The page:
India’s budget deficit last fiscal year was narrower than estimated, aiding the nation’s efforts to preserve its investment-grade credit rating, according to two Finance Ministry officials with direct knowledge of the data.
The gap was 4.9 percent of gross domestic product in the 12 months ended March, less than the 5.2 percent estimated by Finance Minister Palanaippan Chidambaram in the Feb. 28 budget speech, said the officials, asking not to be identified before the official release of the figures later today.
Higher than anticipated non-tax revenues and expenditure curbs led to the narrower shortfall, both the officials said. The government pared the deficit to help damp inflation and increase scope for interest-rate cuts to revive growth. A report today showed economic expansion slowed to 5 percent in 2012-2013, the weakest pace in a decade.
The lower deficit “is a positive development and I hope the rating agencies and markets will take a note of it,” said Arun Singh, an economist at Dun & Bradstreet Information Services India Pvt. in Mumbai. “As much as this development is welcome, the critical thing is the government still needs to improve the quality of its expenditure and cut down on wasteful subsidies.”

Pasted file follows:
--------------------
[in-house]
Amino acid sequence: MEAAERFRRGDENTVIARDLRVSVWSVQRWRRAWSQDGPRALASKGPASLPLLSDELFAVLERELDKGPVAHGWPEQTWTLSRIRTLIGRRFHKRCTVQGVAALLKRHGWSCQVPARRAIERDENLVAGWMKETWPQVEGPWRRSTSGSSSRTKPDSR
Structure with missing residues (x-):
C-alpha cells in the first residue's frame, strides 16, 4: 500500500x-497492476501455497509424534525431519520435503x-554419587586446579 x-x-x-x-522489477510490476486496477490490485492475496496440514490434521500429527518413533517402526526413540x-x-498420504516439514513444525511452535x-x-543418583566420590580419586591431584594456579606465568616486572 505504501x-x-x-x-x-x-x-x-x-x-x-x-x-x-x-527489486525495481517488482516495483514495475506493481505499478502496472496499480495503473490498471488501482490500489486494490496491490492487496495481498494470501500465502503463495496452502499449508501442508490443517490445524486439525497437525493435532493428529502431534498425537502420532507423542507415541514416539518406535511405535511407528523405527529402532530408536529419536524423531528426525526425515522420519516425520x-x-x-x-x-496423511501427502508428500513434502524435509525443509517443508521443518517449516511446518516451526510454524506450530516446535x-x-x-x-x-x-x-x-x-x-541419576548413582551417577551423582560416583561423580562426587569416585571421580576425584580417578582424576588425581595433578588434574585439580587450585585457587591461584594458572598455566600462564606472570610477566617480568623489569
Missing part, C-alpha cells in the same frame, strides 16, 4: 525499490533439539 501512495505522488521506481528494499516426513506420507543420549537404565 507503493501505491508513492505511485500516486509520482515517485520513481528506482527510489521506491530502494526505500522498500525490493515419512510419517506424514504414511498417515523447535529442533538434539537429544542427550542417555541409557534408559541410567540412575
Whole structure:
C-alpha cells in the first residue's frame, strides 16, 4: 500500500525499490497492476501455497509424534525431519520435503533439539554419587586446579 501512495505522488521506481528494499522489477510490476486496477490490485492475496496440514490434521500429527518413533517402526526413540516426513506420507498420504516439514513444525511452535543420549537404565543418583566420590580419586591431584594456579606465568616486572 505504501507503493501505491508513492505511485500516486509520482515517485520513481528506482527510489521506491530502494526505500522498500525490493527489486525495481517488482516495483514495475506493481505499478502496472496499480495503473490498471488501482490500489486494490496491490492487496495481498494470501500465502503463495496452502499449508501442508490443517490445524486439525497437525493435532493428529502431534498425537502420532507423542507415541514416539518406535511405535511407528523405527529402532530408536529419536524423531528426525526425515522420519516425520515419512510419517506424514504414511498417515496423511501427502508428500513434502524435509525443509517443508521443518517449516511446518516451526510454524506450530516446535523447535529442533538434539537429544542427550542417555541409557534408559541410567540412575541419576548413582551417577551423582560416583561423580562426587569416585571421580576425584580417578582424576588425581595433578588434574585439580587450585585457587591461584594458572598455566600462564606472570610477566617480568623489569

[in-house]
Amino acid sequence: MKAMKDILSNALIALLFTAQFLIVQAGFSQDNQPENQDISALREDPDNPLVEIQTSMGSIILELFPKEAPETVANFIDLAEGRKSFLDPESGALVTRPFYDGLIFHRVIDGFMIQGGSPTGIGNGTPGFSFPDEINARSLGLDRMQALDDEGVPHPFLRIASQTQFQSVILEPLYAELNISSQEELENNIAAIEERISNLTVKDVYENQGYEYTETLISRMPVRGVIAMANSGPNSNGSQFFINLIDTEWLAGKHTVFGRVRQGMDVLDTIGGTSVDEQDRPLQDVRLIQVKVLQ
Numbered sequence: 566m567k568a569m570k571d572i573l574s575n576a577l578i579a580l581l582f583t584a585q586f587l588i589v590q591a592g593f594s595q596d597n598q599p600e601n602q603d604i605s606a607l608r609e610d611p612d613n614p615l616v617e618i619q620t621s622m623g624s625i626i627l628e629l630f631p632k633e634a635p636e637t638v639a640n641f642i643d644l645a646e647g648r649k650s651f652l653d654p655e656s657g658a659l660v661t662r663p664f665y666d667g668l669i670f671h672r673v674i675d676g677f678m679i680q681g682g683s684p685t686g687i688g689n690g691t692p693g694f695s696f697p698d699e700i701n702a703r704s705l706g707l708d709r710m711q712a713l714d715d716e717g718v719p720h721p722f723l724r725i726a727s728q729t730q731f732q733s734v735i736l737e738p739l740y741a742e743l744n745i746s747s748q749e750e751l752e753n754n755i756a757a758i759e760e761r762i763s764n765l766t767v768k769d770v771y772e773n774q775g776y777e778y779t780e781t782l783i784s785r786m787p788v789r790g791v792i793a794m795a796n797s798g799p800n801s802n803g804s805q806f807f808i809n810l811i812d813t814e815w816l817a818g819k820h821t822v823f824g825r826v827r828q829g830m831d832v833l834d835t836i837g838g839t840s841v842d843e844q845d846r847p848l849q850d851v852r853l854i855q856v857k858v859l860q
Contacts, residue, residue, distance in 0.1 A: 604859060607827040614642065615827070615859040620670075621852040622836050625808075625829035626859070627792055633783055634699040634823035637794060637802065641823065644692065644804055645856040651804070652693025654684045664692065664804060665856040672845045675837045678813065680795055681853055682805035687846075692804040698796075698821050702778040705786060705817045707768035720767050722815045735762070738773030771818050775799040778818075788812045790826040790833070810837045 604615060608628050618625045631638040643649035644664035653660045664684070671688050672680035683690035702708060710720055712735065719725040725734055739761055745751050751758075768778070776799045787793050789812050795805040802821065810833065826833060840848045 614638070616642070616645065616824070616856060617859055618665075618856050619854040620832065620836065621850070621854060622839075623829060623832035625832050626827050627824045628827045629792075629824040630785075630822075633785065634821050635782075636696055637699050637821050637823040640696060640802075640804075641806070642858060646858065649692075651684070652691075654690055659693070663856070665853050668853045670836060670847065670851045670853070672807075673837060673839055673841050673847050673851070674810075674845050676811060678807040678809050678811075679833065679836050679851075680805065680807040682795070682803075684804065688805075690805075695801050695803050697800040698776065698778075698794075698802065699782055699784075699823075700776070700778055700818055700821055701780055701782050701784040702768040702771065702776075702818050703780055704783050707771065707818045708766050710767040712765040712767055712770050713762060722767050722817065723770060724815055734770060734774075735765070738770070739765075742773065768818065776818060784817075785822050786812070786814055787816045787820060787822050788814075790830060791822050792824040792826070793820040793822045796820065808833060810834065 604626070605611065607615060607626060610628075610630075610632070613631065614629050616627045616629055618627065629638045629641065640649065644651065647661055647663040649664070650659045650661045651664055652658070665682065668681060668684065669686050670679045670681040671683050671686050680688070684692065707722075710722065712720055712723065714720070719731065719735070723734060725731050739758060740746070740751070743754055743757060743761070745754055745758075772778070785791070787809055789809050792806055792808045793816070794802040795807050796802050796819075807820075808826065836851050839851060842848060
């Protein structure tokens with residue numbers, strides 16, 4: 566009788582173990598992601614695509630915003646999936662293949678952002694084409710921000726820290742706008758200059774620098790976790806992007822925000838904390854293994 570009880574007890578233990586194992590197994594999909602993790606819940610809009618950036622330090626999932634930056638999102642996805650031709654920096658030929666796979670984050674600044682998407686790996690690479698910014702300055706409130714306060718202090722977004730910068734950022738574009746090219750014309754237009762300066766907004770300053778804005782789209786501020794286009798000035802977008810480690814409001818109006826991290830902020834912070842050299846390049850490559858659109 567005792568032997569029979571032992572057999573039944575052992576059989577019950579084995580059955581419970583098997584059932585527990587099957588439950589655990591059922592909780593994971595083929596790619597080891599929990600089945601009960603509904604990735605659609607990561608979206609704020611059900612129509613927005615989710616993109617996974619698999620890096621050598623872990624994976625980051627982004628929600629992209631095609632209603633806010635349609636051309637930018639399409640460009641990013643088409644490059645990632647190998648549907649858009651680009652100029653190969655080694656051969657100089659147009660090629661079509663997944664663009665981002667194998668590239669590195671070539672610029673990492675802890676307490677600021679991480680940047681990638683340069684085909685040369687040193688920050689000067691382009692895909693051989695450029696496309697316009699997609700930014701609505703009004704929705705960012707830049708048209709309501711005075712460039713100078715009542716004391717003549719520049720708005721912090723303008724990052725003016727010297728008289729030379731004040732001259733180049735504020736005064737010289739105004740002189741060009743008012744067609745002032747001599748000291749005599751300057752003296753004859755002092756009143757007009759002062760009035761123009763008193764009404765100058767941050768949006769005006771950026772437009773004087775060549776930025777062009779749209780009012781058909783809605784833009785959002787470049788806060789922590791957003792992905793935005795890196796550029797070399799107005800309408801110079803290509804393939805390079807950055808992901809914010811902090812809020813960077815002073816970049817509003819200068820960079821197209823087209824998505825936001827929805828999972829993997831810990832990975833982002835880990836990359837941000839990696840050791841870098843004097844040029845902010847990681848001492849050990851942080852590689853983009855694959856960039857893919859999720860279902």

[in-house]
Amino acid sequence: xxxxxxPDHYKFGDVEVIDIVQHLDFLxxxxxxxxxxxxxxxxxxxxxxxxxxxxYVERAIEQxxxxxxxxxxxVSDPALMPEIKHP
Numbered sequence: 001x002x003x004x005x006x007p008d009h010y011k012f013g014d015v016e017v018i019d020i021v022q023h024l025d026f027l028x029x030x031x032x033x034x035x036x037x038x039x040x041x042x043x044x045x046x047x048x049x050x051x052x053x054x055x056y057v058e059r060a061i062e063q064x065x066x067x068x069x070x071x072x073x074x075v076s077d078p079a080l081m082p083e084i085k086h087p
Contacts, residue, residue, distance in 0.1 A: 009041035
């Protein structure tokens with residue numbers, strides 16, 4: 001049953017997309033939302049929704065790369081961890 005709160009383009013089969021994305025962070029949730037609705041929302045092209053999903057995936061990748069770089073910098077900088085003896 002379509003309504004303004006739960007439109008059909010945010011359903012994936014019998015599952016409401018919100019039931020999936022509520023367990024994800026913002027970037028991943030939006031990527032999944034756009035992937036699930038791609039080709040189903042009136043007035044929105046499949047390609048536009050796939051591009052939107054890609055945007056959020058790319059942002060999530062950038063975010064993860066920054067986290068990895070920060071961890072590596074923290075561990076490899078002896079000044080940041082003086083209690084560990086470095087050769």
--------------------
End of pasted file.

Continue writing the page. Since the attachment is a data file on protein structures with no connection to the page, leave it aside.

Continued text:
The yield on the 8.15 percent government note maturing in June 2022 was at 7.45 percent at 12:45 p.m. in Mumbai from 7.47 percent earlier. The S&P BSE Sensex index slid 1.3 percent, while the rupee weakened 0.4 percent to 56.5825 per dollar.
The government in the budget raised spending on the poor to court support before elections, while relying on higher taxes, asset sales and subsidy cuts to trim the deficit.
Chidambaram is targeting a shortfall of 4.8 percent of GDP this fiscal year, part of a road map that seeks a gap of 3 percent by 2017. Standard & Poor’s this month affirmed its BBB-long-term India rating, while keeping the outlook negative.
“High fiscal deficits and a heavy government debt burden remain the most significant constraints on our sovereign ratings on India,” the company said.